CHARIKAR, Afghanistan U.S. warplanes resumed heavy airstrikes yesterday against Taliban front-line positions north of Kabul and outside the northern city of Mazar-e-Sharif, a day after secret talks between the Afghan opposition”s defense chief and the U.S. commander in charge of operations in Afghanistan.
Waves of bombing against Taliban targets about 25 miles north of Kabul sent huge clouds into the clear sky, as F/A-18 Hornet jets and at least one B-52 bomber returned repeatedly after three days of relative calm. The biggest explosions were believed to be from 1,000-pound bombs intended to pound Taliban bunkers near the front lines close to Bagram air base, six miles south of this opposition-held town.
Near Mazar-e-Sharif, where forces of the opposition Northern Alliance have been waging an intermittent offensive against Taliban soldiers in recent weeks, alliance fighters cheered yesterday”s heavy bombing by U.S. planes.
“This went very well. We liked this very much,” Kudratulla Umar, an officer with the Northern Alliance forces stalled about nine miles outside the key northern city, said by telephone.
Umar said alliance forces there are ready to try to capture the city, a decision reached by alliance generals in a strategy meeting last weekend. But he said they were waiting for a signal from the United States.
“We are ready to move toward Mazar-e-Sharif, but we are waiting for the Americans to say when to start,” Umar said.
The intensified U.S. bombing of Taliban front lines follows weeks of complaints by alliance officials that they had not gotten sufficient air support to allow their forces to advance.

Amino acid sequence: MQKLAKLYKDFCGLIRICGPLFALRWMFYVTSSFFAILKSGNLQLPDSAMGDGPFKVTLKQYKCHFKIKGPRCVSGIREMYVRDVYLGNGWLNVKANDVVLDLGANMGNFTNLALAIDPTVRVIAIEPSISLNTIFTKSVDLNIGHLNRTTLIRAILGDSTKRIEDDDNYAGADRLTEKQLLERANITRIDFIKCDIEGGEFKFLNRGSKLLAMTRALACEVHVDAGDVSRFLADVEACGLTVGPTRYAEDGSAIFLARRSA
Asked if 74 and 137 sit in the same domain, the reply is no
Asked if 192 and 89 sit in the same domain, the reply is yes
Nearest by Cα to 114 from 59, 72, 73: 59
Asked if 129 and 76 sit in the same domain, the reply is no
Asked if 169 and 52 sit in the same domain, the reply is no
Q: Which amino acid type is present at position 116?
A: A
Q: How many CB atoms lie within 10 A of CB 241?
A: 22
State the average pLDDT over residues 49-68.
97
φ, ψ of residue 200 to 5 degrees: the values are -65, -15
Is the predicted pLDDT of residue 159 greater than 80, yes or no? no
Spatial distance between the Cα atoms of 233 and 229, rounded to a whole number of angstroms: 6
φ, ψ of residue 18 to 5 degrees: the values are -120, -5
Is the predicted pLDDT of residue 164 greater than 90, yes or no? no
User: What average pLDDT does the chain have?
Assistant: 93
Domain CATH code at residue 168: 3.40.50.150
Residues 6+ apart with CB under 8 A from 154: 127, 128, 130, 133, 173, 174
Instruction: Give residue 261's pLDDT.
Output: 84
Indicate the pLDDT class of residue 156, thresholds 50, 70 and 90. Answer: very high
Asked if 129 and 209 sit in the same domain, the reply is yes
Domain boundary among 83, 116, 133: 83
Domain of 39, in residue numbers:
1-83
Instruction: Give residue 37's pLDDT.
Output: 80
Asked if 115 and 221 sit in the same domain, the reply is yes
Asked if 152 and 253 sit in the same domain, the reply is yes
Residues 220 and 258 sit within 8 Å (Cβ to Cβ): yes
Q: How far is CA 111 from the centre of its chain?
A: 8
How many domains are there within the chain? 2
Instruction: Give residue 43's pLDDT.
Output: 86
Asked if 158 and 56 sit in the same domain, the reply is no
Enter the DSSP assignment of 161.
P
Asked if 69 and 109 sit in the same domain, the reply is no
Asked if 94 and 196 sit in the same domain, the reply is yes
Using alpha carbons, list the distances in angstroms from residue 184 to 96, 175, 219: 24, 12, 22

According to a senior alliance official, the alliance”s defense chief, Gen. Mohammed Qassim Fahim, met Tuesday with Army Gen. Tommy Franks, the commander of U.S. operations in Afghanistan, in Dushanbe, the capital of neighboring Tajikistan, to discuss closer cooperation between U.S. and alliance forces.
“Our side was happy,” the official said of the meeting”s outcome. “It was a venue to discuss broader strategy. It”s become more and more evident that we can play a major role.”
The official, who spoke on condition of anonymity, forecast an escalation of fighting around Mazar-e-Sharif that would include tighter coordination with U.S. forces.
“There could be tactical air support,” he said. “This could be one aspect of it.”
Since the start of the U.S. bombing campaign Oct. 7, “a better understanding has been created between us, but it still needs some improvement,” the official said.
Defense Secretary Donald Rumsfeld on Tuesday confirmed previous reports from the field that U.S. troops are working with the Northern Alliance groups, saying the “modest number” of troops were helping direct airstrikes and arrange logistical support.